To narrow this list down to a portfolio of just 35 names, we apply a strict discipline that assesses value in a number of ways.

First, we search for companies trading at a discount relative to their own history; a company trading below its average price/earnings (P/E) or EV/EBITDA over the last 10 years would be attractive.

When we find a company that has been trading one standard deviation below its historic average multiple, it poses several interesting questions: Will its return on capital actually stop fading? Has the market perhaps overreacted to a negative narrative about the company, a story we can disagree with?

For example, in 2012, some defense companies were trading at one to two standard deviations below their historic averages due to concerns that the fiscal cliff in the U.S. could lead to large cuts to government spending. To us, though, the situation didnít appear overly dramatic, so bought a couple of stocks and saw rapid re-ratings after that based solely on that multiple expansion.

The second way we look at value is versus peer groups. Because a company can appear expensive relative to its own history but cheap relative to its peers, we want to be sure not to exclude these opportunities.

Third, we use reverse discounted cash flow analysis to figure out the long-term growth rate baked into a companyís valuation.

In each of these crucial valuation steps, we are drilling into everything that may be a risk to a company, including fundamental factors like its balance sheet and credit metrics. We assess its return on capital to see whether itís growing or fading, and what the main contributor to this evolution is.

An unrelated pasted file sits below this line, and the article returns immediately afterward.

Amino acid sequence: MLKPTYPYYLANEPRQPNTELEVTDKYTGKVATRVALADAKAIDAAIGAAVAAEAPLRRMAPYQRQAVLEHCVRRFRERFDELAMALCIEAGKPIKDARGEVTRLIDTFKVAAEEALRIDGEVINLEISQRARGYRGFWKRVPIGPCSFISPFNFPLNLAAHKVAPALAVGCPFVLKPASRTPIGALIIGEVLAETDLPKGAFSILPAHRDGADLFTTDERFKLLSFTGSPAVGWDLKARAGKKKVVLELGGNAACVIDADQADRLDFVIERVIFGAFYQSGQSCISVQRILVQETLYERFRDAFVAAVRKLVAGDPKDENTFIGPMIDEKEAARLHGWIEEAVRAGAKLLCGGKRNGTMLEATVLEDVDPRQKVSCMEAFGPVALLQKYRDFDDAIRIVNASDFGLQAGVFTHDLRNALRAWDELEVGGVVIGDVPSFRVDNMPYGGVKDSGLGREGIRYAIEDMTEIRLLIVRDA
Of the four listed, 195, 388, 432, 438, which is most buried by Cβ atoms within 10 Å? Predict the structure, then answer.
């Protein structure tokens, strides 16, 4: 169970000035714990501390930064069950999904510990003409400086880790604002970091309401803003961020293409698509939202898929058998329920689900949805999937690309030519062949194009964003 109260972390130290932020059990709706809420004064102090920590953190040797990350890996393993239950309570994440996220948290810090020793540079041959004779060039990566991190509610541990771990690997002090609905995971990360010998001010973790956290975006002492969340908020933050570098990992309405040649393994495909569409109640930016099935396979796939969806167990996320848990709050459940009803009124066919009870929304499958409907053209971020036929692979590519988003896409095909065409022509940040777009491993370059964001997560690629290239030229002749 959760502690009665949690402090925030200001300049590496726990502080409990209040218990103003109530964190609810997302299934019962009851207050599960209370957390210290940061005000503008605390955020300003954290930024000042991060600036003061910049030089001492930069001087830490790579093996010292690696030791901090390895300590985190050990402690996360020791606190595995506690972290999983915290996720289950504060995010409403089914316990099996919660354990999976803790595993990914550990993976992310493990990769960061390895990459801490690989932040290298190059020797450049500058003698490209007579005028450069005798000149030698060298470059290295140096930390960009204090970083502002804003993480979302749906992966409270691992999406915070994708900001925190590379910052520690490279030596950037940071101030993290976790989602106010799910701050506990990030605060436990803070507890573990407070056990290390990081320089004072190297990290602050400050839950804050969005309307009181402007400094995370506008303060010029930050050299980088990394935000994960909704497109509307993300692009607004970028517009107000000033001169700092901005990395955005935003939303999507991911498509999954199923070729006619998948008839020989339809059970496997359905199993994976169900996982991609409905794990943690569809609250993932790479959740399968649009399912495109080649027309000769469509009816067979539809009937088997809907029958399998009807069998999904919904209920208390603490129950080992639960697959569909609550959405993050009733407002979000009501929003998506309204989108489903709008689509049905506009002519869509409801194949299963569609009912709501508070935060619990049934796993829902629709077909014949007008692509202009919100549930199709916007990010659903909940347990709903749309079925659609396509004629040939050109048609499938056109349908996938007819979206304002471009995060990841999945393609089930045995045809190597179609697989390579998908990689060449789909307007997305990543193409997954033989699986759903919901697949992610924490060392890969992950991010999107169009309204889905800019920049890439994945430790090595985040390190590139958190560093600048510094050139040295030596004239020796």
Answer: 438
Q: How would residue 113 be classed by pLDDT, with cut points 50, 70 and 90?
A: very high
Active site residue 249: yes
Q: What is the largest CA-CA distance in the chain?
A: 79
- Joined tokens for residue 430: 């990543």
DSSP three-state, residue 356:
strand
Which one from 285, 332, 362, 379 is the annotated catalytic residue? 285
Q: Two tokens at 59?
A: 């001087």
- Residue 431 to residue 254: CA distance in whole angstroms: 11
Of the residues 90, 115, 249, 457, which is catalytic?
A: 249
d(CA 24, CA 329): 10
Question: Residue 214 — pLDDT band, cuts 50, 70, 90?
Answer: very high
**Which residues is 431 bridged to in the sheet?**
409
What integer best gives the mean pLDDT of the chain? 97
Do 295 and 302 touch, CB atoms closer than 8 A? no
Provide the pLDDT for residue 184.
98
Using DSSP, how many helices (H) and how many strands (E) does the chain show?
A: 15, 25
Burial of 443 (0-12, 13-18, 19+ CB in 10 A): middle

Finally, we look at a companyís dividend. Having this as the last step is quite unique among dividend funds, which normally begin by screening for a specific level of yield and then determine whether a business is attractive.

Q: Do you invest in non-dividend-paying companies?

A: Our quality criteria are applied to every company around the world. The crucial point, though, is that while 90% of the companies that remain after this screen do pay a dividend, we think all of them have the ability to do so. Then it just comes down to the priorities of management and the board regarding how they want to spend cash.

If a company hasnít yet paid a dividend, we wonít invest in it. However, if our conviction is strong that it will begin paying one in the near future, we might add it to our watch list so long as the company was otherwise attractive. So far, though, we havenít run into this.

Q: Can you highlight your process with an example?

A: Northrop Grumman Corporation, an aerospace and defense technology company, comfortably met our criteria for high return on capital, which at the time was one standard deviation below the 10-year historic average.

We moved forward on Northrop with modeling and due diligence and looked back over 15 years of company financials to learn how the company had evolved and grown. Generally, we examine things like growth rates, margins, and the evolution of working capital to see how a company has spent its cash historically.

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Sources: Data collected by 123jump.com and Ticker.com from company press releases, filings and corporate websites. Market data: BATS Exchange. Inc